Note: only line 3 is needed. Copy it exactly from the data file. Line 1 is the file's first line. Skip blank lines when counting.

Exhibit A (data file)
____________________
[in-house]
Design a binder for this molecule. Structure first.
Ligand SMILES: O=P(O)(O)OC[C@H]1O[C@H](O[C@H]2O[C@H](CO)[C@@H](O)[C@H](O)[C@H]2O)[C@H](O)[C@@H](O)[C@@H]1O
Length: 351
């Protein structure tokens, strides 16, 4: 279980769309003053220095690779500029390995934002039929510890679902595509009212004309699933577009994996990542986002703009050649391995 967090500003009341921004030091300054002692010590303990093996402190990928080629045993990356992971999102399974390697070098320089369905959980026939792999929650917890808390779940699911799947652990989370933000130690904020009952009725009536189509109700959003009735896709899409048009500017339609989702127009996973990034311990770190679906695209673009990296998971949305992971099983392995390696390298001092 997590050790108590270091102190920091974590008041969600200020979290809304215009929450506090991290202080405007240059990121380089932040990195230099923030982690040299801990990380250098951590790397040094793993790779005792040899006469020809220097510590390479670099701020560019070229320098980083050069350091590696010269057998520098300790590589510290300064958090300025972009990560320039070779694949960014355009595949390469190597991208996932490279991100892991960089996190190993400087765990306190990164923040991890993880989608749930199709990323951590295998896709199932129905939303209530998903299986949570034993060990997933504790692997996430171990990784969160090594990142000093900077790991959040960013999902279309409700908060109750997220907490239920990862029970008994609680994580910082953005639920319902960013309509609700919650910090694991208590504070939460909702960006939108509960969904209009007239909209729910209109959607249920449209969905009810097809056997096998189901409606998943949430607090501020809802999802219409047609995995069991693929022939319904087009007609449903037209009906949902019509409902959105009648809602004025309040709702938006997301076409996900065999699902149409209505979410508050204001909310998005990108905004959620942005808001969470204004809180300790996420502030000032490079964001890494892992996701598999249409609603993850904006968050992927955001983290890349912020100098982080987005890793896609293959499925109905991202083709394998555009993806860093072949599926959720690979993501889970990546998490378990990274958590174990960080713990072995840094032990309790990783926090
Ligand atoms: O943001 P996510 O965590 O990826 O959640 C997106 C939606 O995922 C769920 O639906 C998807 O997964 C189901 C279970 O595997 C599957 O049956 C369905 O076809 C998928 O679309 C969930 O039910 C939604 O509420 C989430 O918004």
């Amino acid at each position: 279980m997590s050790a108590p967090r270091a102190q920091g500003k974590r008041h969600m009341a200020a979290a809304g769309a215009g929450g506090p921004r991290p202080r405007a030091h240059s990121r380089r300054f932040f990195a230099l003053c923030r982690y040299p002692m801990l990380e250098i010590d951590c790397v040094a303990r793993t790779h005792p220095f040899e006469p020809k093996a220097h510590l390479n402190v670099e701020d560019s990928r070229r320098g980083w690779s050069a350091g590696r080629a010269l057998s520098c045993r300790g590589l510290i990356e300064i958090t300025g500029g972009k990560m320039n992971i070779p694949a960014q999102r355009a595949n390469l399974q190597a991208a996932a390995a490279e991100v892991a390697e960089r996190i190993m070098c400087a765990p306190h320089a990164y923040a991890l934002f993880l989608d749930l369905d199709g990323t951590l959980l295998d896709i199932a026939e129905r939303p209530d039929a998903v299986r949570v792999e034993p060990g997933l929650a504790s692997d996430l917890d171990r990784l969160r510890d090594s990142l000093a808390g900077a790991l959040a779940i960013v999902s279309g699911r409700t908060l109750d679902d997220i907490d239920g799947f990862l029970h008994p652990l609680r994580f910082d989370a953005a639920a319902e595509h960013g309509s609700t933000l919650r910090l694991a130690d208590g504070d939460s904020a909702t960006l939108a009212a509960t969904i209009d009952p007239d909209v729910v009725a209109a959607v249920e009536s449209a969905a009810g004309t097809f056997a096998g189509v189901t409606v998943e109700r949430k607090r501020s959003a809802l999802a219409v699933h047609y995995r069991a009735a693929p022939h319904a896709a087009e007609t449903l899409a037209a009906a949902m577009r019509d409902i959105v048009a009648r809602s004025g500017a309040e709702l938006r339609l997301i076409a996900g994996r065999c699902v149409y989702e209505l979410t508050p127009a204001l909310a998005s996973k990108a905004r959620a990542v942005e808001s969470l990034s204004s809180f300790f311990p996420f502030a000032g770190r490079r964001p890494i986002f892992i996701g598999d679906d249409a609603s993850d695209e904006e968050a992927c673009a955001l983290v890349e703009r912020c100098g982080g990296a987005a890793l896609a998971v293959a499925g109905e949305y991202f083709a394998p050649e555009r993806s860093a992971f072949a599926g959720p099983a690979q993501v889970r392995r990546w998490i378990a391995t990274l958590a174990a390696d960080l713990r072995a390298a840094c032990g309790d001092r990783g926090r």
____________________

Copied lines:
Ligand SMILES: O=P(O)(O)OC[C@H]1O[C@H](O[C@H]2O[C@H](CO)[C@@H](O)[C@H](O)[C@H]2O)[C@H](O)[C@@H](O)[C@@H]1O